Thursday, January 14, 2010

Putting it together

Just to get more dramatic results, here's script to check if an ABC tune can be played on a one-row button accordion in G. It's pretty easy to put together given what we've got so far:
use v6;

BEGIN { push @*INC, "lib" }
use ABC;

my @matches = $*IN.slurp.comb(m/ <ABC::tune> /, :match);

my %dg_notes = {
'g' => 1,
'a' => 1,
'b' => 1,
'c' => 1,
'd' => 1,
'e' => 1,
'^f' => 1

for @matches {
my %header = header_hash(.<ABC::tune><header>);
say %header<T> ~ ":";

my @notes = gather for .<ABC::tune><music><line_of_music> -> $line
for $line<bar> -> $bar
for $bar<element>
when .<broken_rhythm> { take .<broken_rhythm><note>[0]; take .<broken_rhythm><note>[1]; }
when .<note> { take .<note>; }

my %key_signature = key_signature(%header<K>);

my @trouble ={apply_key_signature(%key_signature, .<pitch>)}).grep({!%dg_notes.exists(lc($_))});
say @trouble.perl;

Basically, we set up @matches with all the tunes in the file, and %dg_notes with all the notes that can be played (though it's actually just the key of G for now). Then for each tune, we loop through and collect all the notes, factored into the appropriate key signature. Then we just grep against the notes that are allowed to make a list of the notes not present on a G accordion. Here are the results on my sample file:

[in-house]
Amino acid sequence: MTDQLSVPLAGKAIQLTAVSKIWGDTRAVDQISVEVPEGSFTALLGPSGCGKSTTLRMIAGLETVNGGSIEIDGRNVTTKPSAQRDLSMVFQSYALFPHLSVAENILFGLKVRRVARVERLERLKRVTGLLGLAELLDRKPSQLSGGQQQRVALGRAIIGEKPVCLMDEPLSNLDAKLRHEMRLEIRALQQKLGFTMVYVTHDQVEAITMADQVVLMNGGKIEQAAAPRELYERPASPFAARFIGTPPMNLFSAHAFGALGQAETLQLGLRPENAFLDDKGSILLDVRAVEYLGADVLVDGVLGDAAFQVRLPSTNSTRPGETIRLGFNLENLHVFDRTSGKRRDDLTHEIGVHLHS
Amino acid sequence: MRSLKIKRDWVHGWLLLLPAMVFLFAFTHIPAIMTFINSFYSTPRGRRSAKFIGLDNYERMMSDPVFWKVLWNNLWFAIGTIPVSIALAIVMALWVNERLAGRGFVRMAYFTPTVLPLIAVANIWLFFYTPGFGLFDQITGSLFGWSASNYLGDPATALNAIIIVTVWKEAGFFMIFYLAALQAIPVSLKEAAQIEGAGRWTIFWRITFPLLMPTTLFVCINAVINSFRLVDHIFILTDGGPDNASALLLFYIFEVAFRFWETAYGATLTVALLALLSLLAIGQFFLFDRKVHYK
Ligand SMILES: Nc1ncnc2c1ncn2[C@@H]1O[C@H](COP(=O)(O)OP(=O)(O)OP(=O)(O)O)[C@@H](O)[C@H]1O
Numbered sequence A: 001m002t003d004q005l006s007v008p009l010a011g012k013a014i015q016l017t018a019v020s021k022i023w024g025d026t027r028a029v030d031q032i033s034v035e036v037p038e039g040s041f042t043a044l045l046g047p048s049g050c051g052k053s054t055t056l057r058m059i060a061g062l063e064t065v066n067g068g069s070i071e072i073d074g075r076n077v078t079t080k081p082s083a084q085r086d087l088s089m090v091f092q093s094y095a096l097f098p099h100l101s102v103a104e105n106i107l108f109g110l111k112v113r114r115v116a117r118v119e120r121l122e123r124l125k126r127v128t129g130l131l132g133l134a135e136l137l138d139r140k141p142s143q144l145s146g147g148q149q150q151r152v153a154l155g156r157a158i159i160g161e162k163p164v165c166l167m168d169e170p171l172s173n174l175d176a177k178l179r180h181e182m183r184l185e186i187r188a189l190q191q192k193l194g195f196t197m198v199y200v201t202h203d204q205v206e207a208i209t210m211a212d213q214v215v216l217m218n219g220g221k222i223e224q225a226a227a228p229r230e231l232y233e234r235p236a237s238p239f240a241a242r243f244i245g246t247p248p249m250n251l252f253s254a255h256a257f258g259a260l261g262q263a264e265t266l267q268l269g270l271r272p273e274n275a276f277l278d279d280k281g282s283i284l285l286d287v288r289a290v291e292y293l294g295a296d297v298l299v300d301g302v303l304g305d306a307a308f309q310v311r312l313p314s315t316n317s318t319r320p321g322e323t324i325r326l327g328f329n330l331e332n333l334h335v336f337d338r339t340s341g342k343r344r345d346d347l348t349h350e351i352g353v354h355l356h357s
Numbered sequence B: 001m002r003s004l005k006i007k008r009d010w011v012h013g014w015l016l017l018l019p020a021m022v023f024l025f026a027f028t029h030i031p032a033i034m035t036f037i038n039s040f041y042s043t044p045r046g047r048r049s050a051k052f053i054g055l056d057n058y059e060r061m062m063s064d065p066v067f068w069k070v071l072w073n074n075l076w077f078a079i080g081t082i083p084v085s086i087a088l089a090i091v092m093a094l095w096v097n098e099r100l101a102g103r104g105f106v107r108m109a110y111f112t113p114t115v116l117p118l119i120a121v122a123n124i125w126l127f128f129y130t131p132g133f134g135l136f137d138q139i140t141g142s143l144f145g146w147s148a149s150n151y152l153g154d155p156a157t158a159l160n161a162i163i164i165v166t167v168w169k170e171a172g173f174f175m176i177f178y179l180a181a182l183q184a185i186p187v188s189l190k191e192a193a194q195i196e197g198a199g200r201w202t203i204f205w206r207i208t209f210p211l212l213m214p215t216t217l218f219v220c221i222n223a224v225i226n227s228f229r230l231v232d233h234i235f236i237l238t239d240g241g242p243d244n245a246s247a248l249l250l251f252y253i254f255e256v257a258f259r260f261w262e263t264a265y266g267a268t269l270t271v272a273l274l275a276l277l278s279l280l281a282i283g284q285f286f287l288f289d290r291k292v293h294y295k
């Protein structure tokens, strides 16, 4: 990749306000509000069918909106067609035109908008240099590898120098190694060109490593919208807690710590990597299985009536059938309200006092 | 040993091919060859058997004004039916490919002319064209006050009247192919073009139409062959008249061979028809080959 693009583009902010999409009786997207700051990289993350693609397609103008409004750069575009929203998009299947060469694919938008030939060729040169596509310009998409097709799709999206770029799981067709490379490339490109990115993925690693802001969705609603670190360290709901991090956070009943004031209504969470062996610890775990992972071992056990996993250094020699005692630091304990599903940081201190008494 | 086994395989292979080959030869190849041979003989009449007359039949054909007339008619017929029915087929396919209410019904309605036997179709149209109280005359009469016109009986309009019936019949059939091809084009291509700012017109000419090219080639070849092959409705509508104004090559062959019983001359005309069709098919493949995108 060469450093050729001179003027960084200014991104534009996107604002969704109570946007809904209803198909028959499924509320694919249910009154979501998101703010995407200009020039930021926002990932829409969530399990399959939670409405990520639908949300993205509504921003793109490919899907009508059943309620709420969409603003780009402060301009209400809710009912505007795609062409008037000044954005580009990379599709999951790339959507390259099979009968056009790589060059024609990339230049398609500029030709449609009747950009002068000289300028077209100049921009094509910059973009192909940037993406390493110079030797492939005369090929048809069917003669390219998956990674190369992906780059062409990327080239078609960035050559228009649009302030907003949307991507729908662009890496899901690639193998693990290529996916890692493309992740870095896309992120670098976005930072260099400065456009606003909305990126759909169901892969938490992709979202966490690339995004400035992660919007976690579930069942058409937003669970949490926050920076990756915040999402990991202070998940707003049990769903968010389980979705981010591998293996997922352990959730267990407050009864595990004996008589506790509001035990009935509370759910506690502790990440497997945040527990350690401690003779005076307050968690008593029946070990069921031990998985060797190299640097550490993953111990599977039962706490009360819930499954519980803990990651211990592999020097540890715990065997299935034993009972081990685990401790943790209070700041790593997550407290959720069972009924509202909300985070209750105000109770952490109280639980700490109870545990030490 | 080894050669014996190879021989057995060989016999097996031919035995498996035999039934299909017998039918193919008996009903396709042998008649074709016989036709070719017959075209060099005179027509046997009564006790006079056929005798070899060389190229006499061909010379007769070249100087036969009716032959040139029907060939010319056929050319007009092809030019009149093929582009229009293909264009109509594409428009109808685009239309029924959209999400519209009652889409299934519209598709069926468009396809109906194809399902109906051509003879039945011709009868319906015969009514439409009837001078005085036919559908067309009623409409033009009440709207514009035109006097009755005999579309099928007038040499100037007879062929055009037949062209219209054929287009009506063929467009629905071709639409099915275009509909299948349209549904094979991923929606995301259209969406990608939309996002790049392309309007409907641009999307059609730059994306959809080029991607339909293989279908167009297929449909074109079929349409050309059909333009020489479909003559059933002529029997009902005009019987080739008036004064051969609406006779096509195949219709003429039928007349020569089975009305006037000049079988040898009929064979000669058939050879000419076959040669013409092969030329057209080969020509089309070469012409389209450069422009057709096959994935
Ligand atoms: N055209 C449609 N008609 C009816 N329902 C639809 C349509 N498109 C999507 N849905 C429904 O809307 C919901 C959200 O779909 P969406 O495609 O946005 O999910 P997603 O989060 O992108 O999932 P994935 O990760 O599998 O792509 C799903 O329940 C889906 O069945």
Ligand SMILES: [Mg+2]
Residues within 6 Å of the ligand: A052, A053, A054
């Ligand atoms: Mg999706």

Cuckold Come Out o' the Amrey:
["^c", "^c", "^c", "^c", "^c", "^c", "^c", "^c", "=f", "^c", "^c", "^c", "^c"]
Elsie Marley:
["=F", "=f"]
Peacock Followed the Hen. JWDM.07:

So in this case, "Cuckold" has a bunch of c-sharps and an f-natural, "Elsie Marley" has a couple of f-naturals, and "Peacock" is solidly playable on a G accordion.

While this approach has been fun, I think it's time to dig in use Perl 6 grammar actions to build a smarter data structure for ABC tunes. Should be exciting...